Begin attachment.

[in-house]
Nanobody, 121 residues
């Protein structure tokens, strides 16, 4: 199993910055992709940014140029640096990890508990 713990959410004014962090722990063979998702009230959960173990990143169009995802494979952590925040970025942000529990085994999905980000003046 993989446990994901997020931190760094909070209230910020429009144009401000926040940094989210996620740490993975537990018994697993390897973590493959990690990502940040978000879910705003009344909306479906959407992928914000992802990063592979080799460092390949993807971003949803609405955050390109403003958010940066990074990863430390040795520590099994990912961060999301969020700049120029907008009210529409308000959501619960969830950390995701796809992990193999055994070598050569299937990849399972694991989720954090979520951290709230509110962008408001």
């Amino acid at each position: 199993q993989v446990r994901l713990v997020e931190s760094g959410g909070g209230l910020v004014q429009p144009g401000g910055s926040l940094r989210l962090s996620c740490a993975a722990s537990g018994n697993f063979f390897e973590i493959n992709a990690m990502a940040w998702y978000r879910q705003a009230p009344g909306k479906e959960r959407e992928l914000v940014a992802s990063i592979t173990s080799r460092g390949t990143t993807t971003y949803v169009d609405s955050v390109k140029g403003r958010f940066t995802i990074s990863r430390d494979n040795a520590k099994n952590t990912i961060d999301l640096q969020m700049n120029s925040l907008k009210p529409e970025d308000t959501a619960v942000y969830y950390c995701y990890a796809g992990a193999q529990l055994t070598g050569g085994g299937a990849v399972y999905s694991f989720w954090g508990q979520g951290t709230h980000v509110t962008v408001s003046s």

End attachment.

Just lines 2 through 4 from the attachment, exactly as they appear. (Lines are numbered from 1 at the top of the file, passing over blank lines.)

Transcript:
Nanobody, 121 residues
């Protein structure tokens, strides 16, 4: 199993910055992709940014140029640096990890508990 713990959410004014962090722990063979998702009230959960173990990143169009995802494979952590925040970025942000529990085994999905980000003046 993989446990994901997020931190760094909070209230910020429009144009401000926040940094989210996620740490993975537990018994697993390897973590493959990690990502940040978000879910705003009344909306479906959407992928914000992802990063592979080799460092390949993807971003949803609405955050390109403003958010940066990074990863430390040795520590099994990912961060999301969020700049120029907008009210529409308000959501619960969830950390995701796809992990193999055994070598050569299937990849399972694991989720954090979520951290709230509110962008408001």
């Amino acid at each position: 199993q993989v446990r994901l713990v997020e931190s760094g959410g909070g209230l910020v004014q429009p144009g401000g910055s926040l940094r989210l962090s996620c740490a993975a722990s537990g018994n697993f063979f390897e973590i493959n992709a990690m990502a940040w998702y978000r879910q705003a009230p009344g909306k479906e959960r959407e992928l914000v940014a992802s990063i592979t173990s080799r460092g390949t990143t993807t971003y949803v169009d609405s955050v390109k140029g403003r958010f940066t995802i990074s990863r430390d494979n040795a520590k099994n952590t990912i961060d999301l640096q969020m700049n120029s925040l907008k009210p529409e970025d308000t959501a619960v942000y969830y950390c995701y990890a796809g992990a193999q529990l055994t070598g050569g085994g299937a990849v399972y999905s694991f989720w954090g508990q979520g951290t709230h980000v509110t962008v408001s003046s």